The Candidate/Policy Ballot: A Simple Way of Connecting Governments with the Preferences of their Constituents.
Written by: Nikola Serafimov, Master of Global Public Policy
Making public decisions has never been easy. In fact, when candidates run for office it is impossible for them to be aware of every single one of their voter’s desires. Every voter has a personal story, character and what’s relevant for our political candidate– a variety of preferences on unlimited number of issues. In representative democracies elected officials represent their voters and following this logic – their preferences. But the problem with this notion is: if candidates don’t know what their constituents want, how can they actually represent them? Moreover, what happens when you want to vote for certain candidates due to their history of moral integrity and deliberative capacity, but you disagree with their views on “handling stray dogs” and “mandatory conscription”?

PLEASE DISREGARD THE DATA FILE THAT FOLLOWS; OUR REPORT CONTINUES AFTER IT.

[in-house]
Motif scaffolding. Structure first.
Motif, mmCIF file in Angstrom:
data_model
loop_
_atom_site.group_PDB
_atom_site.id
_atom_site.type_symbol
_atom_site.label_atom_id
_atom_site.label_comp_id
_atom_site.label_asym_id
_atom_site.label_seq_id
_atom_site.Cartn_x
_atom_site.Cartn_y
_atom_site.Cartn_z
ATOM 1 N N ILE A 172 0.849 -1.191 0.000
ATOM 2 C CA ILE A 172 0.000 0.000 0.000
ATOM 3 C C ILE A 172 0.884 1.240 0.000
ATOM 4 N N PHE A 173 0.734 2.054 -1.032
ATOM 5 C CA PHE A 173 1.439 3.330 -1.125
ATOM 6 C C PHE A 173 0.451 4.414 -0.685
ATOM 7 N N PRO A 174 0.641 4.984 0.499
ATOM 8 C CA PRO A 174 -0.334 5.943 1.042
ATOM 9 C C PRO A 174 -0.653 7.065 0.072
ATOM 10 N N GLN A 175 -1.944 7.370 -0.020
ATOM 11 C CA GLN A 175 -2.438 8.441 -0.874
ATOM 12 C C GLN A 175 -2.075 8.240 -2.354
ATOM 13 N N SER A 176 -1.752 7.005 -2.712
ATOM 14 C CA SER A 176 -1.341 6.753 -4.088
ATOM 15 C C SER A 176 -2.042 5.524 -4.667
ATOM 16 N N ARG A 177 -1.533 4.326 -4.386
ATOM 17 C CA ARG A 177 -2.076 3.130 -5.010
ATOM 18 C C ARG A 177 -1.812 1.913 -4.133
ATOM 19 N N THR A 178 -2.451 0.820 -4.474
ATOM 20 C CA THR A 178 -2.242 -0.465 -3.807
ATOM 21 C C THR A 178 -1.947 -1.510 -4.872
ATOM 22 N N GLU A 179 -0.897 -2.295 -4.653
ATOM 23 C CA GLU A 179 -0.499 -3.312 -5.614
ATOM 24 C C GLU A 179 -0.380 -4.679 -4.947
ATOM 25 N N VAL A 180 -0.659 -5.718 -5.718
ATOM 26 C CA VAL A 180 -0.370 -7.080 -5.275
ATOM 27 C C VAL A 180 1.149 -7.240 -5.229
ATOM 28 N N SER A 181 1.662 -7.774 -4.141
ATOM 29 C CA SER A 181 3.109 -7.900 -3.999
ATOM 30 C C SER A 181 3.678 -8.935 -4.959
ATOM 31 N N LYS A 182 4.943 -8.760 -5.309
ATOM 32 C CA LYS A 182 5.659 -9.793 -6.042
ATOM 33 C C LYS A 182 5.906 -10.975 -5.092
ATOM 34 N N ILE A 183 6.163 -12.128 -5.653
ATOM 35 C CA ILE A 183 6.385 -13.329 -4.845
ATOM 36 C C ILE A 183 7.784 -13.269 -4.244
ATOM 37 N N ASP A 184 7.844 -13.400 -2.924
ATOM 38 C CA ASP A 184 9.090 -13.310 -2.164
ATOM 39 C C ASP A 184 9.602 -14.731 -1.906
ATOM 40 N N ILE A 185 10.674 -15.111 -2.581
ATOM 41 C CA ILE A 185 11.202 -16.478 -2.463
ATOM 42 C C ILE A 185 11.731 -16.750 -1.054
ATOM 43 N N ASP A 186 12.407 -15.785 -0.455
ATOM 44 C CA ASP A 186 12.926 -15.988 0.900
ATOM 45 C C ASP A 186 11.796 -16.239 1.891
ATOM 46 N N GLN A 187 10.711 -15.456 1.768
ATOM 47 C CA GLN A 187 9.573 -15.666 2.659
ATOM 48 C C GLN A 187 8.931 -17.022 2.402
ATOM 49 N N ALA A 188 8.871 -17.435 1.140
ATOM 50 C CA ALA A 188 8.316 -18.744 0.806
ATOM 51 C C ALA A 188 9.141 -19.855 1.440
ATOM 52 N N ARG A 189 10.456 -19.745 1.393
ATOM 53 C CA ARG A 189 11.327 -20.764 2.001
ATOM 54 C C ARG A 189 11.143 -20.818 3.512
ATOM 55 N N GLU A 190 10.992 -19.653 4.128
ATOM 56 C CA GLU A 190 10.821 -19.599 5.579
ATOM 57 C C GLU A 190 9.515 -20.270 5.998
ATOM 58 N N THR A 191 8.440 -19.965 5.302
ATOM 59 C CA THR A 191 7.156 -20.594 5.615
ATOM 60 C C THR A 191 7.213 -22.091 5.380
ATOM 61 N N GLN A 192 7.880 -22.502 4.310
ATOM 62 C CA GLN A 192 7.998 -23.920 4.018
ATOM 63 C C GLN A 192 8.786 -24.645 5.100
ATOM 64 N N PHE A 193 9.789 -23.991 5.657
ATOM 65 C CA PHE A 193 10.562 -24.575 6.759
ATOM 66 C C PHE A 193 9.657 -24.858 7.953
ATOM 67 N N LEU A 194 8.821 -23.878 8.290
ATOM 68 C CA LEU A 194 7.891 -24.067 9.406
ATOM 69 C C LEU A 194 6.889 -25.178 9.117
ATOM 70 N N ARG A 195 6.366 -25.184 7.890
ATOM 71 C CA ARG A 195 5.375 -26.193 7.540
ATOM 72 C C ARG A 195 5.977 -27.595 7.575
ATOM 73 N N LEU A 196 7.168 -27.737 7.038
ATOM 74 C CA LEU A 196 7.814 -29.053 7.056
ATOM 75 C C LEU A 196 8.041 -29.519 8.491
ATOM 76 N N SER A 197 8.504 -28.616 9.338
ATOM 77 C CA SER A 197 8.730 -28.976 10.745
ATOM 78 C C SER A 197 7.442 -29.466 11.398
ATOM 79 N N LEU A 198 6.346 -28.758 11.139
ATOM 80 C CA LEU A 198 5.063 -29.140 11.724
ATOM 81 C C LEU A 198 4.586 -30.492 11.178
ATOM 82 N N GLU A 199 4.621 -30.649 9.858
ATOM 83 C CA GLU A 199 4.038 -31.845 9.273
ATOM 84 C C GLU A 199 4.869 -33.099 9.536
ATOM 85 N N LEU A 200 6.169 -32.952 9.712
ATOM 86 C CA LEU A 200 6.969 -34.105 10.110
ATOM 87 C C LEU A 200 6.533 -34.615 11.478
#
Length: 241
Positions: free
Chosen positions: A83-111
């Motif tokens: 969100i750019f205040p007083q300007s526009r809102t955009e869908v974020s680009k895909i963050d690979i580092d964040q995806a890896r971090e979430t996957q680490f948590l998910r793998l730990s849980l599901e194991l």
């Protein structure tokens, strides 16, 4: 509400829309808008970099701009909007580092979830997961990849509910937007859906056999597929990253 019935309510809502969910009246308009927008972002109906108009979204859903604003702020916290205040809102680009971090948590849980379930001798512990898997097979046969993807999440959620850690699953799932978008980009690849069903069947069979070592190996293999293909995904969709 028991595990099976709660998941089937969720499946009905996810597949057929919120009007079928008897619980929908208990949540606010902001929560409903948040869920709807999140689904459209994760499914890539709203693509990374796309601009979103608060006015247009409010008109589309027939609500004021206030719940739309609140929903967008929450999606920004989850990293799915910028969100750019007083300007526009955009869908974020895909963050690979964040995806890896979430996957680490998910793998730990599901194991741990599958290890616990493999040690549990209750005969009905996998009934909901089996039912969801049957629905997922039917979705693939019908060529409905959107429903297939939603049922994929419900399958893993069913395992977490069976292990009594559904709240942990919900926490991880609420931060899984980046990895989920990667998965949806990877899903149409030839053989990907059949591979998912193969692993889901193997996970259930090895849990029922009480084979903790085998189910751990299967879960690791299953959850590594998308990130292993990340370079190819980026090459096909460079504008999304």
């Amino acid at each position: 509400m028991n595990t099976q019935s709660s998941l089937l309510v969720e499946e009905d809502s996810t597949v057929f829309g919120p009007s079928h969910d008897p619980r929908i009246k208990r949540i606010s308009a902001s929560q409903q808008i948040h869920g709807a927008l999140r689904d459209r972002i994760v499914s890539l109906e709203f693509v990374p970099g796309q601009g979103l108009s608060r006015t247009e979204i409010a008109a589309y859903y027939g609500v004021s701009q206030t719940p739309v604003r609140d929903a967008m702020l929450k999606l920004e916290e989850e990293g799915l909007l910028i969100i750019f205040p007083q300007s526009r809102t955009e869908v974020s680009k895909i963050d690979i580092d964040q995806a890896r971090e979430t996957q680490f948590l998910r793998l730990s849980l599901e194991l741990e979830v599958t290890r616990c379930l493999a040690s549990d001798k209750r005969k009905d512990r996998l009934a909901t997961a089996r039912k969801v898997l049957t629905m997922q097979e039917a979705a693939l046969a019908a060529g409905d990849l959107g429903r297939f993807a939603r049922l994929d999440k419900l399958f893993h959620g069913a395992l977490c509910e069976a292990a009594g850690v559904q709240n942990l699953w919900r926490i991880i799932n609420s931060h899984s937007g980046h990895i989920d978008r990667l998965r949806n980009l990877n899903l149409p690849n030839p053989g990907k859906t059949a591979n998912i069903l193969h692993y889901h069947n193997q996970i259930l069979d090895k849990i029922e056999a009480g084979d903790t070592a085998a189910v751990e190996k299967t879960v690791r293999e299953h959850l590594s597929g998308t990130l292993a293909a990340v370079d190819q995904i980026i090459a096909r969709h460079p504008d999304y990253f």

This problem might be solved by the “Candidate/Policy ballot” which could potentially help local and central governments alike improve their decision making process by bringing their actions closer to their voter’s desires. How will this ballot look like? Voters on Election Day will not only vote for a candidate that will represent them in office, but also they will have the possibility to vote on how they feel about a variety of issues (presumably pressing ones that could be expected to be high up on the policy making agenda). One side of the ballot has the list of candidates while the other contains questions related to proposed policies. An example question would be: “Do you agree in this neighborhood for a new mall to be built? YES/NO” or a more specific one “Do you agree for 2.000.000$ to be spent on reconstructing the facade of historical building X?” Moreover, even if the policy part of the ballot does not contain specific questions on policy issues, it might have a list of problems that the government faces and it might ask the voter to rank them based on his perception of urgency (which one should get priority) – number 1 being most urgent matter that the government needs to tackle, number 2 is an important issue but less than issue number 1 and etc. Will these preferences be binding (in the same way that direct referendum is)? Not necessarily. They could only serve as “advice from the people”. If they are not binding and the candidate does not wish to follow whatever the majority of the public wants, potential consequences can be public shaming, loosing votes and popularity, protests and etc. This may not look as much but it could potentially make it more difficult for a politician to go against the tide of the public mind. Also, the public preferences could be made mandatory if they fulfill particular criteria (for instance if a certain threshold is fulfilled).